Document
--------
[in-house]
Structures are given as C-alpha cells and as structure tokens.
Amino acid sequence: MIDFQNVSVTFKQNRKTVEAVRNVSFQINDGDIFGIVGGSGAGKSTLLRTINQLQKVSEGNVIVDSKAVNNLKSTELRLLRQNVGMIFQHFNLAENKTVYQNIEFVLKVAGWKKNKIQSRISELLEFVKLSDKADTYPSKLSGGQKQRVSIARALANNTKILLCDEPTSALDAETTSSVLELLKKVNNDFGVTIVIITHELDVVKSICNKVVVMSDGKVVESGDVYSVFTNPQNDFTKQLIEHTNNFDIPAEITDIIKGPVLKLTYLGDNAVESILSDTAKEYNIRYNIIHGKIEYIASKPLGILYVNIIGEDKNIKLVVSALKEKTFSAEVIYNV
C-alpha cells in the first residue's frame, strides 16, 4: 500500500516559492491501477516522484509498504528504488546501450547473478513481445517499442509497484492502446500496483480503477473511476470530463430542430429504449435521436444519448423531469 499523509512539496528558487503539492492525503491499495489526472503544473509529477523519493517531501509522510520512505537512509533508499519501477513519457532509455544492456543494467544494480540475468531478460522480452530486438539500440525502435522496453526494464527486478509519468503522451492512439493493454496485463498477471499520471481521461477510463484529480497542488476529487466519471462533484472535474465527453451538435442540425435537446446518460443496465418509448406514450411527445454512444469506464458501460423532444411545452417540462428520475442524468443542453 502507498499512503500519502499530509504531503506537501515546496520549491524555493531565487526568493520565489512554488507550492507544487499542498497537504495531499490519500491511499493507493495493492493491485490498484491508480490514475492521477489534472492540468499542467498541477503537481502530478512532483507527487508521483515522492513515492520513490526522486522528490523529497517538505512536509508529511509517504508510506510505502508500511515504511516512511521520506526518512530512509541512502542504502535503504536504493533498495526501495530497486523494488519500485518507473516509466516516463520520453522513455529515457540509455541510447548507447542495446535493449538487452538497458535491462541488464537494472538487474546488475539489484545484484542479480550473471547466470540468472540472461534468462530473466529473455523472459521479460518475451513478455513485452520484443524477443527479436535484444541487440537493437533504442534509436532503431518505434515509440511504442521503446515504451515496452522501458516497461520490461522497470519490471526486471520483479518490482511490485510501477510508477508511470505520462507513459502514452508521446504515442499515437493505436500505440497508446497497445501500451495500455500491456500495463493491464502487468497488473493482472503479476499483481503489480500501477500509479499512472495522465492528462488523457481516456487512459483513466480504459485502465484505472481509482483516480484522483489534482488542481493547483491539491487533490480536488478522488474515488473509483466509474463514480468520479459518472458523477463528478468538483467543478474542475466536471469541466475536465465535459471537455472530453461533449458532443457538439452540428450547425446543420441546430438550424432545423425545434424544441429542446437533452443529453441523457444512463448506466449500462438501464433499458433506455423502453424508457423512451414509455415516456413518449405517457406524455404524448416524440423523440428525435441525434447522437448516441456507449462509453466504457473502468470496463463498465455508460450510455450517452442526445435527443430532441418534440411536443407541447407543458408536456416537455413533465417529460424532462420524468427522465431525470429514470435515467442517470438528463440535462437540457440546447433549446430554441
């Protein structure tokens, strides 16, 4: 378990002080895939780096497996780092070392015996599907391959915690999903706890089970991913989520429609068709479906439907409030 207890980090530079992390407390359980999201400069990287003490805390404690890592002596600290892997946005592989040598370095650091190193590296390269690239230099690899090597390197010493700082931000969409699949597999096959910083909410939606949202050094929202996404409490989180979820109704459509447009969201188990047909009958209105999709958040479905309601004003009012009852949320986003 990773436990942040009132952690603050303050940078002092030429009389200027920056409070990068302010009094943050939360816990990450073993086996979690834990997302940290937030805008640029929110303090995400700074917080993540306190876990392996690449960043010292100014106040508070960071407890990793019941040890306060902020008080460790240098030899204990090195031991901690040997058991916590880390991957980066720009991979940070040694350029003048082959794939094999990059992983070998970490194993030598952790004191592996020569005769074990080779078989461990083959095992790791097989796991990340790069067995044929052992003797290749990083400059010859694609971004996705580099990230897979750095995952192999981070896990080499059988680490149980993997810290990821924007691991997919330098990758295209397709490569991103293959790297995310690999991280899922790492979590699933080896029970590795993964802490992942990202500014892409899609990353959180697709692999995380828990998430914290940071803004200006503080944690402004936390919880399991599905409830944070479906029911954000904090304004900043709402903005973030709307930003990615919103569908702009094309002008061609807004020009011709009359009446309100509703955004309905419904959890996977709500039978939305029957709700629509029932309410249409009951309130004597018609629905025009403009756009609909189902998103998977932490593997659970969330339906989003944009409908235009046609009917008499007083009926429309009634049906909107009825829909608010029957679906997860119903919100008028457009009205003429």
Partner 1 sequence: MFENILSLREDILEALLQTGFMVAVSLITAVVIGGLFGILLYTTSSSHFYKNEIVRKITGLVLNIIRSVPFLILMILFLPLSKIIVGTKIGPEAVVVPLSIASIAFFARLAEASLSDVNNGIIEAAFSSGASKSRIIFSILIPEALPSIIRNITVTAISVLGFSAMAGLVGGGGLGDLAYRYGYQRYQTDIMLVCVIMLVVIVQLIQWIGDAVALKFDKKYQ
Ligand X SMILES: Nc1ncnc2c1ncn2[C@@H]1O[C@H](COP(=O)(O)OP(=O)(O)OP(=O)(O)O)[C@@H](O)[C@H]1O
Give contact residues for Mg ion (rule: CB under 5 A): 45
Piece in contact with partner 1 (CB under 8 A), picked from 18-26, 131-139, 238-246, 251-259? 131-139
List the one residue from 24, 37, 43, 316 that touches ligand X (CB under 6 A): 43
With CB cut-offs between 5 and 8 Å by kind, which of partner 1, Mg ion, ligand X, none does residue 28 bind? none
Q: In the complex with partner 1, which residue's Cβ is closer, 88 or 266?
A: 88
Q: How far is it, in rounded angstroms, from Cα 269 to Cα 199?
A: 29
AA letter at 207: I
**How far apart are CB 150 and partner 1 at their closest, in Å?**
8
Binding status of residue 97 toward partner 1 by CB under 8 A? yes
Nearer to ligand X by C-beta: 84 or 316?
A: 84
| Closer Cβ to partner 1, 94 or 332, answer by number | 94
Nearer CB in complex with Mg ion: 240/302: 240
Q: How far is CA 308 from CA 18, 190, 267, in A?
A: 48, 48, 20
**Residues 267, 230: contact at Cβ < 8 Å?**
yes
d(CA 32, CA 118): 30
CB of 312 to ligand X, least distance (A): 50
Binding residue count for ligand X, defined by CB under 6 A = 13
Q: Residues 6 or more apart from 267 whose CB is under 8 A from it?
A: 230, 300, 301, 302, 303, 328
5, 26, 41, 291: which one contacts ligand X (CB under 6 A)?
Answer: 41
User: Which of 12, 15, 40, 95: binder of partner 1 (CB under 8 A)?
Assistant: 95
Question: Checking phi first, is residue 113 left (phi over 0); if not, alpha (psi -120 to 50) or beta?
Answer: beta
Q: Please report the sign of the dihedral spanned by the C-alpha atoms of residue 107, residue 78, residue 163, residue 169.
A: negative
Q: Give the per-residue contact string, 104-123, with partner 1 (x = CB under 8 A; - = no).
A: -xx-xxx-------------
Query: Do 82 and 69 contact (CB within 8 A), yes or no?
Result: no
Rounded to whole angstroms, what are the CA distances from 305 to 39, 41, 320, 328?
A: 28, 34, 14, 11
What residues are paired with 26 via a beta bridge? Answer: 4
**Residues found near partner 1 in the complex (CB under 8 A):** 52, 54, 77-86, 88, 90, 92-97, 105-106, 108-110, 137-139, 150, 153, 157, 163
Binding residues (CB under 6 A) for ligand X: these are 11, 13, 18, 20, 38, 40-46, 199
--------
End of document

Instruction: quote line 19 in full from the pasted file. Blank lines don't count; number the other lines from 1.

Binding status of residue 97 toward partner 1 by CB under 8 A? yes